I once attended a writer's conference where the food was absolutely scrumptious. Actually, the food at most conferences is scrumptious -- at the snack tables if not at the meals themselves. Anyway, at this particular conference I was part of a group sitting around a table eating juicy, fresh fruit, and one person said, "Y'know, if this writing thing doesn't work out, I think I'll be a writer's groupie just for the food." We all had a great laugh, but that concept of "writer's groupie" has never left me.
Writing has lots of facets, many of which aren't actually writing. Most of them are either extremely helpful or downright necessary -- doing market research, doing topic research, attending conferences, planning and doing author visits, reading how-to books on writing, visiting blogs and message boards, keeping financial records that will square with Uncle Sam, setting up a website, and more. But if we throw ourselves into these things with gusto yet find the writing itself is just kind of piddling along -- are we in danger of becoming mere groupies? We hang around writing, but we don't really do it? "Oh no!" we may cry. "I write! I write every day if I can. Even if I get only a line or two done on my story, I email my friends. I write old-fashioned letters to Great-Aunt Helen who doesn't have a computer. I send cheery notes written on pretty cards to my family. I journal. I blog. I . . ."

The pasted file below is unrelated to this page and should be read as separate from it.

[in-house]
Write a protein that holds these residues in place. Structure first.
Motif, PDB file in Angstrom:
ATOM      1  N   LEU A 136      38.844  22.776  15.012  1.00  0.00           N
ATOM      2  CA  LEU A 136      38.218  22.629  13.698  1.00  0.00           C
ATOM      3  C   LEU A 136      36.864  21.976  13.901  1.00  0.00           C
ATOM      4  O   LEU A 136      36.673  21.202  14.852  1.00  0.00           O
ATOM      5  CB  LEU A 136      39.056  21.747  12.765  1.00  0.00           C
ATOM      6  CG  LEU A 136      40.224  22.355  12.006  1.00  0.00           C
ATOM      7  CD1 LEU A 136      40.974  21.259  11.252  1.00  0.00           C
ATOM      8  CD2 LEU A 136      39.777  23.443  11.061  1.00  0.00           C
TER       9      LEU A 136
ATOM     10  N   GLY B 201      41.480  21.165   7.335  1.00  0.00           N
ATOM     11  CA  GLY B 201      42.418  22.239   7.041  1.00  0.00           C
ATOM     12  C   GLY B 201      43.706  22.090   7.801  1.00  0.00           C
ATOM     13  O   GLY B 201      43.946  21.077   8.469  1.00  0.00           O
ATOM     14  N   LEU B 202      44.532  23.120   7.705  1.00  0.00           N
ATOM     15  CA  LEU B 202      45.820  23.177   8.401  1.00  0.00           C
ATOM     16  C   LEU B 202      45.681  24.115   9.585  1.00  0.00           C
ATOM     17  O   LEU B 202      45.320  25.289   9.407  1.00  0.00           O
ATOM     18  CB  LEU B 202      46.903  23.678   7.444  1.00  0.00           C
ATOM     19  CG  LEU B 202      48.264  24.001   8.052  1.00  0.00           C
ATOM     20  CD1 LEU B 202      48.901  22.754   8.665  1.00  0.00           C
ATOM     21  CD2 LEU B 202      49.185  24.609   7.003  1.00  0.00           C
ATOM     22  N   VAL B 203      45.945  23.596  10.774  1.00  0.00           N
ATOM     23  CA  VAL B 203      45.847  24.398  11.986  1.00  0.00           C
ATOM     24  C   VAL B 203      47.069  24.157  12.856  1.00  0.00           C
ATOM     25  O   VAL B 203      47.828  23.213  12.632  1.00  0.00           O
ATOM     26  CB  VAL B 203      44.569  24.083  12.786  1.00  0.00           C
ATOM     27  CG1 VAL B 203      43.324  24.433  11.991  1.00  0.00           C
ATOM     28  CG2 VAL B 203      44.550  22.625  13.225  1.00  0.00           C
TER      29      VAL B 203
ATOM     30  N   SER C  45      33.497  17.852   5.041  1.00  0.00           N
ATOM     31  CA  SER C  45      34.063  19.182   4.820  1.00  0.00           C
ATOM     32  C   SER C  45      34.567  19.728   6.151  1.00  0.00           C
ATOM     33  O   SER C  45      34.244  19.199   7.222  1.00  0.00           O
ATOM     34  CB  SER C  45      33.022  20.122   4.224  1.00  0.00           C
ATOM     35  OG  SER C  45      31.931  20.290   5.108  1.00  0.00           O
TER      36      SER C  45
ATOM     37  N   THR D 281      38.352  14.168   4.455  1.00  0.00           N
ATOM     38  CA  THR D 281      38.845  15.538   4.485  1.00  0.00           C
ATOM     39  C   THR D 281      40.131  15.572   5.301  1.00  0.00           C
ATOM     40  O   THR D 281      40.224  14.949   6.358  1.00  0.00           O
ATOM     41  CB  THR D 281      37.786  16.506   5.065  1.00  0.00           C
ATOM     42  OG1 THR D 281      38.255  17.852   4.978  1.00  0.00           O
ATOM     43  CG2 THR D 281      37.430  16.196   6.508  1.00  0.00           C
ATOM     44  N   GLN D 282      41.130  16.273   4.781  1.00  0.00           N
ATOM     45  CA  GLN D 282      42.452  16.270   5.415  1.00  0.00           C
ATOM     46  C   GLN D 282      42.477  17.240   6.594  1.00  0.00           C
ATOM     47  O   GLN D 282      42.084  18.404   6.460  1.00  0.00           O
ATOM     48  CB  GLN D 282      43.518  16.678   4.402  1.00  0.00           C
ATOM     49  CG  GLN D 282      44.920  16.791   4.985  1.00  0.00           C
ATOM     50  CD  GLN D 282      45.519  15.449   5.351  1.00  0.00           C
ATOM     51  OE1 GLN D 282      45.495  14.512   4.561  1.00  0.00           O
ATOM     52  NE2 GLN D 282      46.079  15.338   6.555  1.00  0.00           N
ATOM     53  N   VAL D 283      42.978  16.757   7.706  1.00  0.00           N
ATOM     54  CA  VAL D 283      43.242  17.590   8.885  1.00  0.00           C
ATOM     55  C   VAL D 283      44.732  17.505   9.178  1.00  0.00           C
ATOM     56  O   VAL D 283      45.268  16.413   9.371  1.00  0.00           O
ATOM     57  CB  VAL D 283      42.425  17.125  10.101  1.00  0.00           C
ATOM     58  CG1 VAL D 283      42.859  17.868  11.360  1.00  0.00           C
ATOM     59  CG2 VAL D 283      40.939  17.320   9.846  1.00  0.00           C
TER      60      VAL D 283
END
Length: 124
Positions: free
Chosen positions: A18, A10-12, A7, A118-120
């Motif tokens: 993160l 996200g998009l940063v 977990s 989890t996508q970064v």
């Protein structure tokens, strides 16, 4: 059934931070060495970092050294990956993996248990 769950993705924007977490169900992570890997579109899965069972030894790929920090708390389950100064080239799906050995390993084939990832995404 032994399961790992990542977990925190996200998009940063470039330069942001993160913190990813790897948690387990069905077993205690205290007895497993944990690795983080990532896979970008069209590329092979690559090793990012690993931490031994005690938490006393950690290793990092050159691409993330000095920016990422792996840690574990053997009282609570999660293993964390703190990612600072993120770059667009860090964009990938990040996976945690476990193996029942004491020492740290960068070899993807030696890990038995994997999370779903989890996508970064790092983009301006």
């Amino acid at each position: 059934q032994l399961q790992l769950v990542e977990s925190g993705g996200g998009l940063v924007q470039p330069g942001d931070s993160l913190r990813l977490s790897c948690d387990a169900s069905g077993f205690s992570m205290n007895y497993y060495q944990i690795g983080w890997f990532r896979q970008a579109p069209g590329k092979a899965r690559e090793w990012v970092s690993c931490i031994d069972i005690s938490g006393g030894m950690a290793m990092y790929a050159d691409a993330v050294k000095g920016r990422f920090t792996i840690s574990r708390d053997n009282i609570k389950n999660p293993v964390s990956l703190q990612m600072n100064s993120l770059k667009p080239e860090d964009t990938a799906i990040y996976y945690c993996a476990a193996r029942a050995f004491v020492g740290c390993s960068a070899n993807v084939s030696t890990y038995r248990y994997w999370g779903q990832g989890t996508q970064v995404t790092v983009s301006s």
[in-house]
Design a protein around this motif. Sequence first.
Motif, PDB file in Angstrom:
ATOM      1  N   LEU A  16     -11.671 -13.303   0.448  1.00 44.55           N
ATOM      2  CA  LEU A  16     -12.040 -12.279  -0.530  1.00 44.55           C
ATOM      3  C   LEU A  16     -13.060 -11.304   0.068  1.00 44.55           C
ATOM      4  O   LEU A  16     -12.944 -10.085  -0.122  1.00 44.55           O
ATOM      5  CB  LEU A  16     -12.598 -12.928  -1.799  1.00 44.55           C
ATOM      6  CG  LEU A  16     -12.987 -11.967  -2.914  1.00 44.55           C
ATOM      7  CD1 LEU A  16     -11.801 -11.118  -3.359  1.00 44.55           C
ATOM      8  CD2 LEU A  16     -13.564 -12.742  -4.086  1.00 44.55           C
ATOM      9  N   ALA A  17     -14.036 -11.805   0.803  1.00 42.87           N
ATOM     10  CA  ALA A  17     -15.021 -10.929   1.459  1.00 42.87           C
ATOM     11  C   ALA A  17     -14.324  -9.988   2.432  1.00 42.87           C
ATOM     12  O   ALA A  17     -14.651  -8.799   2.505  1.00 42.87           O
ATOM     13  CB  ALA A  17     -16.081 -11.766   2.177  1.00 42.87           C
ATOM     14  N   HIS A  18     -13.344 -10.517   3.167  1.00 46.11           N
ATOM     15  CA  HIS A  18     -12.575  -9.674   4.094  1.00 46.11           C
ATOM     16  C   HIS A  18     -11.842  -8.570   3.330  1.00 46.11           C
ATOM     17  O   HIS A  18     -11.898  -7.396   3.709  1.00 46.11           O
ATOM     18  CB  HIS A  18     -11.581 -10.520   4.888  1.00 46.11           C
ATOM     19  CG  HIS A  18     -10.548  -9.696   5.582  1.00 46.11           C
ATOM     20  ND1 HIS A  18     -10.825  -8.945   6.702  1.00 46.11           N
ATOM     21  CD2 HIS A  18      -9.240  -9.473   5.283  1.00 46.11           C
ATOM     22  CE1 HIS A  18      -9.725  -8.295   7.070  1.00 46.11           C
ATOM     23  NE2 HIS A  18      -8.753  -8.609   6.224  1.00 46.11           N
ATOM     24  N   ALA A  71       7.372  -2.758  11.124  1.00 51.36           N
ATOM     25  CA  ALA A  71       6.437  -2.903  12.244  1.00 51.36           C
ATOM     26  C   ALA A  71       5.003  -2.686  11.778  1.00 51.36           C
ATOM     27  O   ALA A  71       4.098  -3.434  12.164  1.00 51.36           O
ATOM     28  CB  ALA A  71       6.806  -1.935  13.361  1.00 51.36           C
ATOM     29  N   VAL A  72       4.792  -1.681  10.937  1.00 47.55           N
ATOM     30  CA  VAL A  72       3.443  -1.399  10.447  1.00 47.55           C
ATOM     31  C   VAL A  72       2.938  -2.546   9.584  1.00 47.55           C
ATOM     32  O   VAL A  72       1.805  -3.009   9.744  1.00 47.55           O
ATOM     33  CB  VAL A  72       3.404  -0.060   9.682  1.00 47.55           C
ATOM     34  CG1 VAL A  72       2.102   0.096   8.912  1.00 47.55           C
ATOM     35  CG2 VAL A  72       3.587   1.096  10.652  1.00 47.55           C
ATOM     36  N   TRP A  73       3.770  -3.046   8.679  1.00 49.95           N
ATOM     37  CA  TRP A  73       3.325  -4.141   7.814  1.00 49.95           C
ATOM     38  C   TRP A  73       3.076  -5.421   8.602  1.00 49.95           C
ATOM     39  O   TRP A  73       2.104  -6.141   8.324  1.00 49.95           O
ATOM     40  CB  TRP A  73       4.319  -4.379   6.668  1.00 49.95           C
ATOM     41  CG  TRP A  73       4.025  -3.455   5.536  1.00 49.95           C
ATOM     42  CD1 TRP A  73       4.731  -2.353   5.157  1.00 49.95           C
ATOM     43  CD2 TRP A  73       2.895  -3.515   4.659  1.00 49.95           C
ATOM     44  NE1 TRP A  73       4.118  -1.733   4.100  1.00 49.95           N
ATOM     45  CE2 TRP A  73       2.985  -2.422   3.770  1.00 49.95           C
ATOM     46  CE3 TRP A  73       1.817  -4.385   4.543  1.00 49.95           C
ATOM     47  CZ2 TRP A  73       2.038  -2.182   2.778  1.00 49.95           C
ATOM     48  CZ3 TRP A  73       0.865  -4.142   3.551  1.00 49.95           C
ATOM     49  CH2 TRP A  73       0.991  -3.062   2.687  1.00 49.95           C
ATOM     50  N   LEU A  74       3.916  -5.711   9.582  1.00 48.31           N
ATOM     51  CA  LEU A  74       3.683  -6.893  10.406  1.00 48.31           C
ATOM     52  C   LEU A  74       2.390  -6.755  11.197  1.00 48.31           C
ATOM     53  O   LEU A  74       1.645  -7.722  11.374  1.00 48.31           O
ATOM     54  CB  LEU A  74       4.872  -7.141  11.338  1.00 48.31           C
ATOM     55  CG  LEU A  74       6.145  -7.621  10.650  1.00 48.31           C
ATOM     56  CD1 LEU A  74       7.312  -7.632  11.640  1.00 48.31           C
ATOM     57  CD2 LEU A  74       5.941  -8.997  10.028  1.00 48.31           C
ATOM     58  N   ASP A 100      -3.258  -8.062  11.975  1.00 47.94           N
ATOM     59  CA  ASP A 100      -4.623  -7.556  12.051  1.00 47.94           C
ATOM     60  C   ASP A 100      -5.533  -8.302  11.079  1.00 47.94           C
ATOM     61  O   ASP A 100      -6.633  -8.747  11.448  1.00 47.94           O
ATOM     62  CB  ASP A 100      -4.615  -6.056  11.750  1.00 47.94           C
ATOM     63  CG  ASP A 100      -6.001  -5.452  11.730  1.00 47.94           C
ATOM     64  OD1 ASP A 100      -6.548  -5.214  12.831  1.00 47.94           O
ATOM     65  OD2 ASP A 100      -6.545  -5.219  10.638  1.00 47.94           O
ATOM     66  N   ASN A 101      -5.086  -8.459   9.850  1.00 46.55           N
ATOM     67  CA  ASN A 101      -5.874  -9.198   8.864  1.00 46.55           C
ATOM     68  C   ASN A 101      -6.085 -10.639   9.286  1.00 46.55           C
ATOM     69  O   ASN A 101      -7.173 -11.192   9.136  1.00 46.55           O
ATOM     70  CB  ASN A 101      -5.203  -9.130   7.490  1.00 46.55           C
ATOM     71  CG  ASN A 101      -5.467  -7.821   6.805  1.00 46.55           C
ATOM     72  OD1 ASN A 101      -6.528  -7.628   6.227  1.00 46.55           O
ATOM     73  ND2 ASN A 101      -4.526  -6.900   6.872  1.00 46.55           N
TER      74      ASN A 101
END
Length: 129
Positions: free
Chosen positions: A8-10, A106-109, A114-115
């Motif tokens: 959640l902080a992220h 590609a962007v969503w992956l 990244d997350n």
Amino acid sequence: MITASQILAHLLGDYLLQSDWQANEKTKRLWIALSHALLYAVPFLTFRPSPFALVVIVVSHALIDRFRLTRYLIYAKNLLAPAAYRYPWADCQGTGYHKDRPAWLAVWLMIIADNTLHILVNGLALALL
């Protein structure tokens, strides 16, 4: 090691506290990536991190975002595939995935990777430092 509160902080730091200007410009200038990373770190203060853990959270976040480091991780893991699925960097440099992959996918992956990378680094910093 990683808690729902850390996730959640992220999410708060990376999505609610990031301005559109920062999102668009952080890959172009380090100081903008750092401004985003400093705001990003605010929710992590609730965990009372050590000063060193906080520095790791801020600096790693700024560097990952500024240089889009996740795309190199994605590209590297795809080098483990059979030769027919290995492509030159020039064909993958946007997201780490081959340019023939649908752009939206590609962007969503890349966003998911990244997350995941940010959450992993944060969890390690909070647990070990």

Wait a sec. I fully agree that any and all writing improves our writing skills. But those of us who blog and visit blogs know what a time suck blogging is. More so than most other forms of non-WIP* writing.
Not long ago I visited an agent's blog; he had just begun posting again after a long hiatus. His explanation for the gap was along the lines of "I wasn't sure what the point was." Meaning blogging was peripheral, it "hung around" his real purpose. It wasn't the main thing, but it was feeding off the main thing.
So what do you think? Does your blogging play groupie to your writing? Does the sheer time element of blogging make it a gigantic step forward in self-delusion about how much writing you do? And finally, am I making any sense? :)
* WIP = work in progress